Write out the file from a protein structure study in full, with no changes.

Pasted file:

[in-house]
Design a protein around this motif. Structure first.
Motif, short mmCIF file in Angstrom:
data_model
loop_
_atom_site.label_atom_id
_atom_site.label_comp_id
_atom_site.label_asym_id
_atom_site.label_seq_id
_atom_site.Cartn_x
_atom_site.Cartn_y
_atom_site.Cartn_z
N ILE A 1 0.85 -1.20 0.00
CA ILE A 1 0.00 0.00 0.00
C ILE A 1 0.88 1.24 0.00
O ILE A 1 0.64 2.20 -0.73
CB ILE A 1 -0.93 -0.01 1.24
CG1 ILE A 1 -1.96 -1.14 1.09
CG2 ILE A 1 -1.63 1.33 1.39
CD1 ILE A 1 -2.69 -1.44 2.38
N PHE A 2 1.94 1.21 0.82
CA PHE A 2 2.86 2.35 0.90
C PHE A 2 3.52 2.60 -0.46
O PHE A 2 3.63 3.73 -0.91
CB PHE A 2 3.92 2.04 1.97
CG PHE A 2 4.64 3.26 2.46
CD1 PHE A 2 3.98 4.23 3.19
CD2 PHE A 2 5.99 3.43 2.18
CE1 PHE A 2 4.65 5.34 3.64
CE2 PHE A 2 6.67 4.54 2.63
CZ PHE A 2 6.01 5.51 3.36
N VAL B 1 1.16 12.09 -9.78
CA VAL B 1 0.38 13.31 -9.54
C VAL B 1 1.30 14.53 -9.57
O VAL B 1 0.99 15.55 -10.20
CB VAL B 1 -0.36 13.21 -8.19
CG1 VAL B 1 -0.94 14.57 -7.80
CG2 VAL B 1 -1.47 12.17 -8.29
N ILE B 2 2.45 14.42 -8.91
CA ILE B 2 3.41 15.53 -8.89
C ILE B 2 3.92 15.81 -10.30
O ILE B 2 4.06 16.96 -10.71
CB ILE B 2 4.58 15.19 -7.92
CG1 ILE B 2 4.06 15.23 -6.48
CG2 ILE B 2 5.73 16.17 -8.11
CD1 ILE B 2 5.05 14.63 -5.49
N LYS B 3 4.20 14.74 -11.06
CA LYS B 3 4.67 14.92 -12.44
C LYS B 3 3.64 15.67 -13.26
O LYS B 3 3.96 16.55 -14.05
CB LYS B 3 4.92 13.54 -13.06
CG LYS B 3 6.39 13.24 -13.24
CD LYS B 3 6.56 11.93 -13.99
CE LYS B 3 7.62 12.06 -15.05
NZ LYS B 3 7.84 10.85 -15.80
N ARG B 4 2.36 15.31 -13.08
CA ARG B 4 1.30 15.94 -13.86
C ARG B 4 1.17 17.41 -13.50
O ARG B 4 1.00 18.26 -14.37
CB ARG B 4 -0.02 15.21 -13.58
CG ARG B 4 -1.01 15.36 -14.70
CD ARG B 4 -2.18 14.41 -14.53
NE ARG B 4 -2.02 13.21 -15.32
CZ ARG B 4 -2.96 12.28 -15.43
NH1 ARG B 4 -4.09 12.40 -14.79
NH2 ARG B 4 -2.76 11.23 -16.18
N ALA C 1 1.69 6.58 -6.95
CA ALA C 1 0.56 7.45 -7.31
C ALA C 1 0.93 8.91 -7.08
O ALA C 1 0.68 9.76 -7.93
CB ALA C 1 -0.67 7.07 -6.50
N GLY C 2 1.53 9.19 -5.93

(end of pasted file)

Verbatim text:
[in-house]
Design a protein around this motif. Structure first.
Motif, short mmCIF file in Angstrom:
data_model
loop_
_atom_site.label_atom_id
_atom_site.label_comp_id
_atom_site.label_asym_id
_atom_site.label_seq_id
_atom_site.Cartn_x
_atom_site.Cartn_y
_atom_site.Cartn_z
N ILE A 1 0.85 -1.20 0.00
CA ILE A 1 0.00 0.00 0.00
C ILE A 1 0.88 1.24 0.00
O ILE A 1 0.64 2.20 -0.73
CB ILE A 1 -0.93 -0.01 1.24
CG1 ILE A 1 -1.96 -1.14 1.09
CG2 ILE A 1 -1.63 1.33 1.39
CD1 ILE A 1 -2.69 -1.44 2.38
N PHE A 2 1.94 1.21 0.82
CA PHE A 2 2.86 2.35 0.90
C PHE A 2 3.52 2.60 -0.46
O PHE A 2 3.63 3.73 -0.91
CB PHE A 2 3.92 2.04 1.97
CG PHE A 2 4.64 3.26 2.46
CD1 PHE A 2 3.98 4.23 3.19
CD2 PHE A 2 5.99 3.43 2.18
CE1 PHE A 2 4.65 5.34 3.64
CE2 PHE A 2 6.67 4.54 2.63
CZ PHE A 2 6.01 5.51 3.36
N VAL B 1 1.16 12.09 -9.78
CA VAL B 1 0.38 13.31 -9.54
C VAL B 1 1.30 14.53 -9.57
O VAL B 1 0.99 15.55 -10.20
CB VAL B 1 -0.36 13.21 -8.19
CG1 VAL B 1 -0.94 14.57 -7.80
CG2 VAL B 1 -1.47 12.17 -8.29
N ILE B 2 2.45 14.42 -8.91
CA ILE B 2 3.41 15.53 -8.89
C ILE B 2 3.92 15.81 -10.30
O ILE B 2 4.06 16.96 -10.71
CB ILE B 2 4.58 15.19 -7.92
CG1 ILE B 2 4.06 15.23 -6.48
CG2 ILE B 2 5.73 16.17 -8.11
CD1 ILE B 2 5.05 14.63 -5.49
N LYS B 3 4.20 14.74 -11.06
CA LYS B 3 4.67 14.92 -12.44
C LYS B 3 3.64 15.67 -13.26
O LYS B 3 3.96 16.55 -14.05
CB LYS B 3 4.92 13.54 -13.06
CG LYS B 3 6.39 13.24 -13.24
CD LYS B 3 6.56 11.93 -13.99
CE LYS B 3 7.62 12.06 -15.05
NZ LYS B 3 7.84 10.85 -15.80
N ARG B 4 2.36 15.31 -13.08
CA ARG B 4 1.30 15.94 -13.86
C ARG B 4 1.17 17.41 -13.50
O ARG B 4 1.00 18.26 -14.37
CB ARG B 4 -0.02 15.21 -13.58
CG ARG B 4 -1.01 15.36 -14.70
CD ARG B 4 -2.18 14.41 -14.53
NE ARG B 4 -2.02 13.21 -15.32
CZ ARG B 4 -2.96 12.28 -15.43
NH1 ARG B 4 -4.09 12.40 -14.79
NH2 ARG B 4 -2.76 11.23 -16.18
N ALA C 1 1.69 6.58 -6.95
CA ALA C 1 0.56 7.45 -7.31
C ALA C 1 0.93 8.91 -7.08
O ALA C 1 0.68 9.76 -7.93
CB ALA C 1 -0.67 7.07 -6.50
N GLY C 2 1.53 9.19 -5.93